Meltdown blues reduce techies’ marriage market valueNovember 2nd, 2008 - 11:32 am ICT by IANS
Thiruvananthapuram, Nov 2 (IANS) Farmer O.P. Kurien, whose income has for ages depended on the fluctuating prices of farm produce, had just begun to look for a well-settled techie groom for his techie daughter when the current global financial meltdown washed away his dreams for a more stable future.Till recently young men and women working in India’s mushrooming information technology (IT) firms and earning fat salaries were among the most sought after potential brides and grooms in the marriage market. But not any more.
Kurien’s daughter who works in one of the top IT firms in the country has made it clear that she is just not going to marry another techie.
“My daughter tells me jobs in IT firms are no more stable and it is better to marry someone in the more traditional manufacturing sectors where there is greater job protection,” says Kurien.
Early this year, the 150-odd IT firms in Kerala employing about 25,000 techies, for the first time notched up software and services export revenues of more than Rs.10 billion.
It was then party time for IT professionals with hefty pay hikes, foreign trips and all kinds of special perks and allowances. But the lights began to go off from the beginning of October. Suddenly, IT companies were handing over pink slips.
With media reports indicating that more than 200 software professionals have already been sacked in the state, the others employed in the IT sector are now sleepless in Kerala.
IT firms in the state such as IBS Software Services, a leading software company in the field of travel, transportation and logistics, have recently come under fire from the media for terminating jobs without notice.
IBS, for instance, recently asked close to two dozen techies to leave in a whiff.
Says a shell-shocked software professional earlier with IBS: “I was asked to report to the HR department. They asked me for my ID card and said that I have to resign or else I would be handed a job termination letter. I had no option but to leave.”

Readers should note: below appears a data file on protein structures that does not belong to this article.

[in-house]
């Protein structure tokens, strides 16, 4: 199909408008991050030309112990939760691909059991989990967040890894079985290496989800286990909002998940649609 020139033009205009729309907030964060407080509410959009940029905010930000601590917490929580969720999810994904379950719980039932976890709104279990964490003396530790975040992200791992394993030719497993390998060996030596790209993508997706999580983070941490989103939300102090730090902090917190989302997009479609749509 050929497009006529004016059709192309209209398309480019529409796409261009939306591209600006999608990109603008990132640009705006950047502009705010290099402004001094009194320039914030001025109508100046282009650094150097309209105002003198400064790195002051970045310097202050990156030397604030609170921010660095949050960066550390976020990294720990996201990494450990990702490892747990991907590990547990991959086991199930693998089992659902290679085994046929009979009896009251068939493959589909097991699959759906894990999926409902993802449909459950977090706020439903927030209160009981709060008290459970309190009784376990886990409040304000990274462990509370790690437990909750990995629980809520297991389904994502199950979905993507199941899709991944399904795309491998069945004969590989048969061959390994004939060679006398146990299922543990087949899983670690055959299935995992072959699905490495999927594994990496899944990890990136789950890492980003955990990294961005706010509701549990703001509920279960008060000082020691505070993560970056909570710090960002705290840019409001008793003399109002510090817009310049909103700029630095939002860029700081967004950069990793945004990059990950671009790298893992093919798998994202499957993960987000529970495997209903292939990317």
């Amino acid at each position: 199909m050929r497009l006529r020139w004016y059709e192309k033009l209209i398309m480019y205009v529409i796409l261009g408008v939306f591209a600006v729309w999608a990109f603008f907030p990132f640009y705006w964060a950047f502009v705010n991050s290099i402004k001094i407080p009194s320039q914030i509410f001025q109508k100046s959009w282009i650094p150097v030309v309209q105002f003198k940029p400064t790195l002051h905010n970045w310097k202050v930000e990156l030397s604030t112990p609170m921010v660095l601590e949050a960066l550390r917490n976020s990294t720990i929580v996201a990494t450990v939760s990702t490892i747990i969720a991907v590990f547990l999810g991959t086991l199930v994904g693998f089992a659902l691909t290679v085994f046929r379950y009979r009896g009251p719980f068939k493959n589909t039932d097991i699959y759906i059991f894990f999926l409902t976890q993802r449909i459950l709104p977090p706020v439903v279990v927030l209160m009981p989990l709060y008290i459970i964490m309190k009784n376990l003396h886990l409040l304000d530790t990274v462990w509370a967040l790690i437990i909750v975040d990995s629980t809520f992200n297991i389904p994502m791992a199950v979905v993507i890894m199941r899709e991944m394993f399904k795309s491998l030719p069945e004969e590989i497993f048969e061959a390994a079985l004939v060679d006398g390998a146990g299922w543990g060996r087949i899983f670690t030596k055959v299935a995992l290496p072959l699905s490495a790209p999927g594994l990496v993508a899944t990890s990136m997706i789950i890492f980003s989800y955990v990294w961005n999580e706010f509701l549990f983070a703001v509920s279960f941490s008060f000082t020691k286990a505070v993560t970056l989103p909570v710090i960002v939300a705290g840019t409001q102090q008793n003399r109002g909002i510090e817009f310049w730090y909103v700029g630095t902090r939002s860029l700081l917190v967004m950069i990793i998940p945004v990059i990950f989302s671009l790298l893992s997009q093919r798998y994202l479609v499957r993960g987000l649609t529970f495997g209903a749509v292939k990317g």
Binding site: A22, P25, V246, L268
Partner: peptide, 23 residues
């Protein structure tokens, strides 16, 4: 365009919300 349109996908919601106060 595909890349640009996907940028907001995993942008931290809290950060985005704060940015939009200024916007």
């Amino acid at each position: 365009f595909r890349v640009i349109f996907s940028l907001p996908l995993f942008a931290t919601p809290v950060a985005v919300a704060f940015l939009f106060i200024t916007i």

IT firms, however, say it is business as usual.
“We do regular performance reviews of our employees and this is not the first time that we have asked employees to leave. Maybe right now this appears to have hit headlines because of the global recession,” an IBS spokesperson told IANS.
In the past few days newspapers and television channels have been highlighting the woes of IT professionals and how firms are asking them to leave without notice.
Even websites that carry news of software technology parks such as Technopark here are now full of reports and analyses by techies who feel that things are not rosy.
Technopark’s founder and chief executive officer, G. Vijayaraghavan, however, feels there are a lot of positives as well as negatives in what is happening now.
“The sad part is that right now only the negatives are being highlighted and this is not going to augur well for the industry prospects here,” he says.
“If there is a crisis in the public sector, governments pump in money but when there is a crisis in the IT industry, it is the entrepreneur who has to take care of himself,” says Vijayaraghavan, defending the action of the IT firms.
Job cuts in the IT industry also spell trouble for banks as they target IT professionals for home and car loans as techies with just three years’ experience earn as much as Rs.40,000 a month.
“If this tight situation continues for months together, home and car loan repayments will come to a grinding halt. God forbid that such a thing should happen,” says a bank manager here requesting anonymity.
All the publicity in the media has now forced the state government to react.
“Labour laws have to be followed even if an IT firm is in a special economic zone,” said state Labour Minister P.K. Gurudasan here Saturday. Special economic zones enjoy many benefits such as tax waivers and easier regulations.
“We have come to know about recent happenings in Technopark companies where employees are being treated with disdain. We will interfere even if there are no complaints,” said Gurudasan.
The minister has asked the state Labour Commissioner to visit Technopark and submit a report.
There is a flip side to all this. They may be technology geeks, but with the looming crisis, IT professionals are now increasingly flocking to temples, mosques and churches.
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